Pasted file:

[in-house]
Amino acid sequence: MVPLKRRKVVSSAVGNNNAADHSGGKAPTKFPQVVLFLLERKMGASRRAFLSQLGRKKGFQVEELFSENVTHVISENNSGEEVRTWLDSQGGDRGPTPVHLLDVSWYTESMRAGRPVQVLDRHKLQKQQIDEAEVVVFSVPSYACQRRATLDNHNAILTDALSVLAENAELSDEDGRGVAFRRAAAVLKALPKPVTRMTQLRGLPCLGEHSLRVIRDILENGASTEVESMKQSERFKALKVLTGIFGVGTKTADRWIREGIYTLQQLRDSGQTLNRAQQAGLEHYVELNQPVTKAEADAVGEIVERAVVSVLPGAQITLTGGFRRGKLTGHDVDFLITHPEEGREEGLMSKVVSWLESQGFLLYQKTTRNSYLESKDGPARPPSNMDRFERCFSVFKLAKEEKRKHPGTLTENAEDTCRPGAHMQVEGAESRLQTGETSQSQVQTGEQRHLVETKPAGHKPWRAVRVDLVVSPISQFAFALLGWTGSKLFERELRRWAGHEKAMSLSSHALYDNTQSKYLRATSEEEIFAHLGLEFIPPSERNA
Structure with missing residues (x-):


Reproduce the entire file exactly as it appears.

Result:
[in-house]
Amino acid sequence: MVPLKRRKVVSSAVGNNNAADHSGGKAPTKFPQVVLFLLERKMGASRRAFLSQLGRKKGFQVEELFSENVTHVISENNSGEEVRTWLDSQGGDRGPTPVHLLDVSWYTESMRAGRPVQVLDRHKLQKQQIDEAEVVVFSVPSYACQRRATLDNHNAILTDALSVLAENAELSDEDGRGVAFRRAAAVLKALPKPVTRMTQLRGLPCLGEHSLRVIRDILENGASTEVESMKQSERFKALKVLTGIFGVGTKTADRWIREGIYTLQQLRDSGQTLNRAQQAGLEHYVELNQPVTKAEADAVGEIVERAVVSVLPGAQITLTGGFRRGKLTGHDVDFLITHPEEGREEGLMSKVVSWLESQGFLLYQKTTRNSYLESKDGPARPPSNMDRFERCFSVFKLAKEEKRKHPGTLTENAEDTCRPGAHMQVEGAESRLQTGETSQSQVQTGEQRHLVETKPAGHKPWRAVRVDLVVSPISQFAFALLGWTGSKLFERELRRWAGHEKAMSLSSHALYDNTQSKYLRATSEEEIFAHLGLEFIPPSERNA
Structure with missing residues (x-):